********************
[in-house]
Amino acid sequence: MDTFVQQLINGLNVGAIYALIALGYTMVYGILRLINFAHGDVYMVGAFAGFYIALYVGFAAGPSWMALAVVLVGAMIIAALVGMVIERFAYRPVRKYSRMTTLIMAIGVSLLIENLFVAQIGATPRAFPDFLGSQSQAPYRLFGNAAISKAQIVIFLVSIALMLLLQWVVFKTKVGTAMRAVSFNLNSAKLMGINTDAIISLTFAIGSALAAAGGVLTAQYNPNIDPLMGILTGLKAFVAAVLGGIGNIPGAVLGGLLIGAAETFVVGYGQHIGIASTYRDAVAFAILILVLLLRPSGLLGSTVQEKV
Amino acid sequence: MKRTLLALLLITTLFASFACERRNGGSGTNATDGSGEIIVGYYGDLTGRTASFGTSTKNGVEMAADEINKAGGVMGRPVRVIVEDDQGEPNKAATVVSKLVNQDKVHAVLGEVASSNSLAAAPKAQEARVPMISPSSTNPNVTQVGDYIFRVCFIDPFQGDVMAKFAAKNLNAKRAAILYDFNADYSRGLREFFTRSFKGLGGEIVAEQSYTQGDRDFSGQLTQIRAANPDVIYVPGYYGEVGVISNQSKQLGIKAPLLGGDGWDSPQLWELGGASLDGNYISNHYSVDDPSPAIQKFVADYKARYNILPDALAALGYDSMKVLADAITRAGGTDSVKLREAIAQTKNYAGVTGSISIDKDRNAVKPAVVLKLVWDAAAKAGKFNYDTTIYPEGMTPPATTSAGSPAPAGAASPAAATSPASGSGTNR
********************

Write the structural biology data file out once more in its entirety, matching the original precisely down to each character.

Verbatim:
[in-house]
Amino acid sequence: MDTFVQQLINGLNVGAIYALIALGYTMVYGILRLINFAHGDVYMVGAFAGFYIALYVGFAAGPSWMALAVVLVGAMIIAALVGMVIERFAYRPVRKYSRMTTLIMAIGVSLLIENLFVAQIGATPRAFPDFLGSQSQAPYRLFGNAAISKAQIVIFLVSIALMLLLQWVVFKTKVGTAMRAVSFNLNSAKLMGINTDAIISLTFAIGSALAAAGGVLTAQYNPNIDPLMGILTGLKAFVAAVLGGIGNIPGAVLGGLLIGAAETFVVGYGQHIGIASTYRDAVAFAILILVLLLRPSGLLGSTVQEKV
Amino acid sequence: MKRTLLALLLITTLFASFACERRNGGSGTNATDGSGEIIVGYYGDLTGRTASFGTSTKNGVEMAADEINKAGGVMGRPVRVIVEDDQGEPNKAATVVSKLVNQDKVHAVLGEVASSNSLAAAPKAQEARVPMISPSSTNPNVTQVGDYIFRVCFIDPFQGDVMAKFAAKNLNAKRAAILYDFNADYSRGLREFFTRSFKGLGGEIVAEQSYTQGDRDFSGQLTQIRAANPDVIYVPGYYGEVGVISNQSKQLGIKAPLLGGDGWDSPQLWELGGASLDGNYISNHYSVDDPSPAIQKFVADYKARYNILPDALAALGYDSMKVLADAITRAGGTDSVKLREAIAQTKNYAGVTGSISIDKDRNAVKPAVVLKLVWDAAAKAGKFNYDTTIYPEGMTPPATTSAGSPAPAGAASPAAATSPASGSGTNR